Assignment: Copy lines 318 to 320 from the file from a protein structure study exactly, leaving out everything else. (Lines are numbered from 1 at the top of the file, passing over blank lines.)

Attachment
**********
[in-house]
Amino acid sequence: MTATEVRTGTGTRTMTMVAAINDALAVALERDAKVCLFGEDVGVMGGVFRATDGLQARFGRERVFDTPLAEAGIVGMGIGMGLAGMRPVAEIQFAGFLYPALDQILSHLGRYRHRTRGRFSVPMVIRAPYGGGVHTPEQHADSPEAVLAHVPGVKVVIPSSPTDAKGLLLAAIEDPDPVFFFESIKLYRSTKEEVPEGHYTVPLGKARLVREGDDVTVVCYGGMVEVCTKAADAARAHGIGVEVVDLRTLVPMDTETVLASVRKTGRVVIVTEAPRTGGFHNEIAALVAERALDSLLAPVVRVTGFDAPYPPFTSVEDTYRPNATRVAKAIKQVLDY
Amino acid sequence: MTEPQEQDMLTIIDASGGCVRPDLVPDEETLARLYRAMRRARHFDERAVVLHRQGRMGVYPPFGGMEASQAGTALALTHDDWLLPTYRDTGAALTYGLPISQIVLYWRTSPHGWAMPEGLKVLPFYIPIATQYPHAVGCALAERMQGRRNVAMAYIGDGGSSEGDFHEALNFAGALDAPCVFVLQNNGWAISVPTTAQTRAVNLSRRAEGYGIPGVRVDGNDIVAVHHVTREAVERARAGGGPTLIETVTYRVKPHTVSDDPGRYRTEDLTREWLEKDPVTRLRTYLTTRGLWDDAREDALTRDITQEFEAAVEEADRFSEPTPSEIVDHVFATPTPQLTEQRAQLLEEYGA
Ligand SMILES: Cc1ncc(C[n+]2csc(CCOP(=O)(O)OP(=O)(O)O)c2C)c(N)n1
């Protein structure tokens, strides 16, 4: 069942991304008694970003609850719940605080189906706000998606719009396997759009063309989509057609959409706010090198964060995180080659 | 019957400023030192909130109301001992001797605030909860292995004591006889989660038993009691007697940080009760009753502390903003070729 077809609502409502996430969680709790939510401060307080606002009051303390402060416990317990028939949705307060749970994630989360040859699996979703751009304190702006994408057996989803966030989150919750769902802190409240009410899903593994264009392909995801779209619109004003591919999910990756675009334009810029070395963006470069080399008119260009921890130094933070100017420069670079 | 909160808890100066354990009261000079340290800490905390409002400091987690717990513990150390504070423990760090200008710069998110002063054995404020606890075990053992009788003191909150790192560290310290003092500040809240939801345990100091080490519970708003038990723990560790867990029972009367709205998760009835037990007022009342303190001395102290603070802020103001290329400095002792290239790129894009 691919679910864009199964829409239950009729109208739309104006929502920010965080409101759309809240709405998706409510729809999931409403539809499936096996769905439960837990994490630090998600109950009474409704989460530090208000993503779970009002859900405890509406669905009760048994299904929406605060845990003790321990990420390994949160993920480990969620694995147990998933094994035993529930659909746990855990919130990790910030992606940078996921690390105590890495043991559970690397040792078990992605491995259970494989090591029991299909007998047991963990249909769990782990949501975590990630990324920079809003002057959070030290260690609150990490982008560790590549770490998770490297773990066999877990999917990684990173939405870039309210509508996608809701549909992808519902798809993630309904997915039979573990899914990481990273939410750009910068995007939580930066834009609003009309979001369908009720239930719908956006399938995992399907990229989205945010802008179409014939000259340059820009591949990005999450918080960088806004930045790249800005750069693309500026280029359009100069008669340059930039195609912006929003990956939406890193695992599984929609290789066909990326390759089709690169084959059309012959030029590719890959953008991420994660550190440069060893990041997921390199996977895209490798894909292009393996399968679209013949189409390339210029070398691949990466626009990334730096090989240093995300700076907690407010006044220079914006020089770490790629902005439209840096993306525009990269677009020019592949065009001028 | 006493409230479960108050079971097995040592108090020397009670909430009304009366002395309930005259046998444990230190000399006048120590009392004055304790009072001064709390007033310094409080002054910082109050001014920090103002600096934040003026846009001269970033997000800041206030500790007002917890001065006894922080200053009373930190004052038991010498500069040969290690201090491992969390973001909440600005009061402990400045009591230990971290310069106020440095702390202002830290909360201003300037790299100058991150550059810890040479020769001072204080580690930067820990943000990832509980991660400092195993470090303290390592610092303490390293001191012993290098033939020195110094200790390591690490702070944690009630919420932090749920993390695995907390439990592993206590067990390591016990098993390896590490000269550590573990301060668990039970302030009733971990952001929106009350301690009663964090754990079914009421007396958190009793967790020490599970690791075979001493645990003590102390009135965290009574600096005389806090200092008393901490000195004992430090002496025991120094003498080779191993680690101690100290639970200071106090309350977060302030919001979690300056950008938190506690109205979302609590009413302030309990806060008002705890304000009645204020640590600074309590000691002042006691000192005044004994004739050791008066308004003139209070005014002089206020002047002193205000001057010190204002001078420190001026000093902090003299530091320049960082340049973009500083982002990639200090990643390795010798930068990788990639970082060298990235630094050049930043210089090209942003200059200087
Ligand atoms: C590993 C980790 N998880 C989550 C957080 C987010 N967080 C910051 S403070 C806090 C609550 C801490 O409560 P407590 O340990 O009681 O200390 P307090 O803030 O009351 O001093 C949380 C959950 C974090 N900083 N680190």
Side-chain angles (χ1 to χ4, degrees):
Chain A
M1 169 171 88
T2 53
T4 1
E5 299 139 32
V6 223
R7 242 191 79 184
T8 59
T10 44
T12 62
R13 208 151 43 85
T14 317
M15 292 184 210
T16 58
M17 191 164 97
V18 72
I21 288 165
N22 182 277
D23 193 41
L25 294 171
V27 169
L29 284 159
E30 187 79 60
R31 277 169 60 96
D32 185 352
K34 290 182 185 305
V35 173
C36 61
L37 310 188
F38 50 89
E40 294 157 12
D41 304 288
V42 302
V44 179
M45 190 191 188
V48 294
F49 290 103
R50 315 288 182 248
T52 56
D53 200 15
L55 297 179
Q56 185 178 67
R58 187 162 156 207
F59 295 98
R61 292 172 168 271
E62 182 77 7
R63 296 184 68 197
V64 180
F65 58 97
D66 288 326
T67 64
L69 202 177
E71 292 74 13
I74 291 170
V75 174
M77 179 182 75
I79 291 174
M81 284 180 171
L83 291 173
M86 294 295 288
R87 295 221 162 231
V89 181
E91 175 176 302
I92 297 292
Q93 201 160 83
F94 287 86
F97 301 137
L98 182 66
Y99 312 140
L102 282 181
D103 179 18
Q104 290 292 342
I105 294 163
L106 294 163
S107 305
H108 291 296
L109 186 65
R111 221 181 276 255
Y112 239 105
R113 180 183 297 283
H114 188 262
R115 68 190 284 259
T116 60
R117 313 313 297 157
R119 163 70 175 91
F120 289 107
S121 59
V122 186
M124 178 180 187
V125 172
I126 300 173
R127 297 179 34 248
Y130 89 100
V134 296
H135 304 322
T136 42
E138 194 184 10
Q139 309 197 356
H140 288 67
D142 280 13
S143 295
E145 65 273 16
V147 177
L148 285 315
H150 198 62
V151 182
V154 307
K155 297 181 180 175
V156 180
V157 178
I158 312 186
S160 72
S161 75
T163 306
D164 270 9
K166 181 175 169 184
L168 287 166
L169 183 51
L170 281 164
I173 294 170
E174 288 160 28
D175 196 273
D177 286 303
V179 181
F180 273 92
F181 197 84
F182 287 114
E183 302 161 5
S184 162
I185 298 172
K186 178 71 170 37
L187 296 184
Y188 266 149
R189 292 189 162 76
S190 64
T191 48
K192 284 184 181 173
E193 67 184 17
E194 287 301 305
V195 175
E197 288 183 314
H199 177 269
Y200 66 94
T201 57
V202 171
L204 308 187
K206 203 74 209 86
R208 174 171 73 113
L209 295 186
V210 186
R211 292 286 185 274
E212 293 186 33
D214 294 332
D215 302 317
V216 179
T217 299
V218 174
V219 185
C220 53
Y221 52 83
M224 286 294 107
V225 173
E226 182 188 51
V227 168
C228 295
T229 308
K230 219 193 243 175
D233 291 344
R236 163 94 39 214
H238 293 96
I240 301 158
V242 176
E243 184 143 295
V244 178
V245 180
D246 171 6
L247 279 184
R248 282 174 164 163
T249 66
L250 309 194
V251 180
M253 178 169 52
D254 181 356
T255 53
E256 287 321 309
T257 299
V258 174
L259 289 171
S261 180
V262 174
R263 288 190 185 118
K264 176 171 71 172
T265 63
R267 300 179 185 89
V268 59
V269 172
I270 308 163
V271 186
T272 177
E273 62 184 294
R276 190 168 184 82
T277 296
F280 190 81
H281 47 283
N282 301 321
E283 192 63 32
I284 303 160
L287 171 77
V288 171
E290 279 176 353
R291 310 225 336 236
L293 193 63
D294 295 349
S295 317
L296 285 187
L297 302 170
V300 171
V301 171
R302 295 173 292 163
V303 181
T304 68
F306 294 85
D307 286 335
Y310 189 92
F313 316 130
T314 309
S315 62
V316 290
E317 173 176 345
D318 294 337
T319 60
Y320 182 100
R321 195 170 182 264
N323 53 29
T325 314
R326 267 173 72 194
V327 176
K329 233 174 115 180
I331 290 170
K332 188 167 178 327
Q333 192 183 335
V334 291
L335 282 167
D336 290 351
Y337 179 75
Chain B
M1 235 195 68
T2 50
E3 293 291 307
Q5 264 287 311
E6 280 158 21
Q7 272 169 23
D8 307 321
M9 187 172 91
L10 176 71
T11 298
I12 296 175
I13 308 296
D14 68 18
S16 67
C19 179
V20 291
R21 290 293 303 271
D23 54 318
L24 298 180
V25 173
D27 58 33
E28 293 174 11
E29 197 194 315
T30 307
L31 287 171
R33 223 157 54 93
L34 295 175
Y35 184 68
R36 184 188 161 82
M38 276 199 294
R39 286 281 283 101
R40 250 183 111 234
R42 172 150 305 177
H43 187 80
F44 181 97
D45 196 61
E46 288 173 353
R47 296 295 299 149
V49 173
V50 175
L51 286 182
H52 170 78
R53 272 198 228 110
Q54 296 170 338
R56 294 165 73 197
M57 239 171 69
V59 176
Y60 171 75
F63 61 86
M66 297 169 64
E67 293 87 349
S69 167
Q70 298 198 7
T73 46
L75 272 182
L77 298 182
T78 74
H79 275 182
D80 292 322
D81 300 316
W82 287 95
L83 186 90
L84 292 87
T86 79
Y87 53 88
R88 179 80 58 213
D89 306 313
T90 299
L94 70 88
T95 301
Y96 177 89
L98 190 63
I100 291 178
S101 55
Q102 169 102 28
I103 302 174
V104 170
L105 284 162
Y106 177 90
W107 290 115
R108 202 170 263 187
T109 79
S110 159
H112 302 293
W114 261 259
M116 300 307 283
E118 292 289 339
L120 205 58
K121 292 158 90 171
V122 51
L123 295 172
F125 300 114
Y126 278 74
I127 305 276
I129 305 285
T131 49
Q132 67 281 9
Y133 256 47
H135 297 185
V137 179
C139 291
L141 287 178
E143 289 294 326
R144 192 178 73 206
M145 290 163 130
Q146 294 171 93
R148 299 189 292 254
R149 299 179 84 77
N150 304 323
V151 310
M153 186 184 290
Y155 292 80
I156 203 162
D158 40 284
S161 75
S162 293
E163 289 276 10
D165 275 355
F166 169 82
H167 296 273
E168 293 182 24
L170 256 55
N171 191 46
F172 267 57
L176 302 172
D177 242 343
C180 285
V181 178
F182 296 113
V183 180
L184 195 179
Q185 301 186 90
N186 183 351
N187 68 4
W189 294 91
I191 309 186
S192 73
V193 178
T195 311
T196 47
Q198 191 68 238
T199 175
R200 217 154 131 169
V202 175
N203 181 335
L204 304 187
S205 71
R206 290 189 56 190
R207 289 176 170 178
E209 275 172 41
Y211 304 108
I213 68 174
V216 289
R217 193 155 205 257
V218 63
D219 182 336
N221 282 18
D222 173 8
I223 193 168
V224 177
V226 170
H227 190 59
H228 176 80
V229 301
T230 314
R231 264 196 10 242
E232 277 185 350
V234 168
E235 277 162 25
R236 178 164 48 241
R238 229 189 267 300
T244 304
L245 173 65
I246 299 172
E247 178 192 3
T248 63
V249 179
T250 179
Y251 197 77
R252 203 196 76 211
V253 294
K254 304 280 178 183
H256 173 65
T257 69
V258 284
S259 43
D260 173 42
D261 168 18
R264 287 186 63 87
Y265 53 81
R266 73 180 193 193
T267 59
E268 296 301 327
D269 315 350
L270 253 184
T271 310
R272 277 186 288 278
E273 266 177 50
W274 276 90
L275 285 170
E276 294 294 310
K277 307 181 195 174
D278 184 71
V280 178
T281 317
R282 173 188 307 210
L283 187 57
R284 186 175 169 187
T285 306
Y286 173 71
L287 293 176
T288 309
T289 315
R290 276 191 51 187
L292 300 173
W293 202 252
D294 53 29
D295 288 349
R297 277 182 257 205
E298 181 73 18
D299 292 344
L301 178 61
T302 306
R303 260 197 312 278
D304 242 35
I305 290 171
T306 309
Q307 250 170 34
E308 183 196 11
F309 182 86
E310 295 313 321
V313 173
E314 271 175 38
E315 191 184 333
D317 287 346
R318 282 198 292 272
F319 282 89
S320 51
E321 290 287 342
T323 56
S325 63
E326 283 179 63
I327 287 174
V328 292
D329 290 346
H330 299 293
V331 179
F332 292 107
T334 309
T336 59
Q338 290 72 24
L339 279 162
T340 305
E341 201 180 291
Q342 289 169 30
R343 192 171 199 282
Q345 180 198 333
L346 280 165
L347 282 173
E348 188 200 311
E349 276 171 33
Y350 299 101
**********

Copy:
Y87 53 88
R88 179 80 58 213
D89 306 313